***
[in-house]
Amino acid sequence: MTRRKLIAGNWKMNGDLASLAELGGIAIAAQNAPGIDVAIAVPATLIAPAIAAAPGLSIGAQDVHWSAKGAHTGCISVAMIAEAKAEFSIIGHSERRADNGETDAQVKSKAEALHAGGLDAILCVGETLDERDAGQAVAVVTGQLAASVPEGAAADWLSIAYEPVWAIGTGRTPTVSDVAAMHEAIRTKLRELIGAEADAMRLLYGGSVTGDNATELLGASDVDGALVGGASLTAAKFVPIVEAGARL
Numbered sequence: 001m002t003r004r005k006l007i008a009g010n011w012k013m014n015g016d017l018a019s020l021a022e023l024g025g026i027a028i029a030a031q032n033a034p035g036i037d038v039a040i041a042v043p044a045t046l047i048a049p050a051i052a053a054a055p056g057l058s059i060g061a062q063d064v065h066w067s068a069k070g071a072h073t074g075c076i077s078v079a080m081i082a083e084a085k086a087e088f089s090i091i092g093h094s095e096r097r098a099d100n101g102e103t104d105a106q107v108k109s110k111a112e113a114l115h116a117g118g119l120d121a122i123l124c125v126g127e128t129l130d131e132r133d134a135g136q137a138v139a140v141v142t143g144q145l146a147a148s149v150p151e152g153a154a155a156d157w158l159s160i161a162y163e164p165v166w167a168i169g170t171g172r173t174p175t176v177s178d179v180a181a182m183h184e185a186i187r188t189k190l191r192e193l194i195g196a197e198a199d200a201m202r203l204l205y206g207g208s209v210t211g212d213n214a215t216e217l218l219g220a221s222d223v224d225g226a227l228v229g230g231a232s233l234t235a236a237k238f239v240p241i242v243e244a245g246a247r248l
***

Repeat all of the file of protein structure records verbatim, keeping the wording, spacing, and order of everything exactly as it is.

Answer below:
[in-house]
Amino acid sequence: MTRRKLIAGNWKMNGDLASLAELGGIAIAAQNAPGIDVAIAVPATLIAPAIAAAPGLSIGAQDVHWSAKGAHTGCISVAMIAEAKAEFSIIGHSERRADNGETDAQVKSKAEALHAGGLDAILCVGETLDERDAGQAVAVVTGQLAASVPEGAAADWLSIAYEPVWAIGTGRTPTVSDVAAMHEAIRTKLRELIGAEADAMRLLYGGSVTGDNATELLGASDVDGALVGGASLTAAKFVPIVEAGARL
Numbered sequence: 001m002t003r004r005k006l007i008a009g010n011w012k013m014n015g016d017l018a019s020l021a022e023l024g025g026i027a028i029a030a031q032n033a034p035g036i037d038v039a040i041a042v043p044a045t046l047i048a049p050a051i052a053a054a055p056g057l058s059i060g061a062q063d064v065h066w067s068a069k070g071a072h073t074g075c076i077s078v079a080m081i082a083e084a085k086a087e088f089s090i091i092g093h094s095e096r097r098a099d100n101g102e103t104d105a106q107v108k109s110k111a112e113a114l115h116a117g118g119l120d121a122i123l124c125v126g127e128t129l130d131e132r133d134a135g136q137a138v139a140v141v142t143g144q145l146a147a148s149v150p151e152g153a154a155a156d157w158l159s160i161a162y163e164p165v166w167a168i169g170t171g172r173t174p175t176v177s178d179v180a181a182m183h184e185a186i187r188t189k190l191r192e193l194i195g196a197e198a199d200a201m202r203l204l205y206g207g208s209v210t211g212d213n214a215t216e217l218l219g220a221s222d223v224d225g226a227l228v229g230g231a232s233l234t235a236a237k238f239v240p241i242v243e244a245g246a247r248l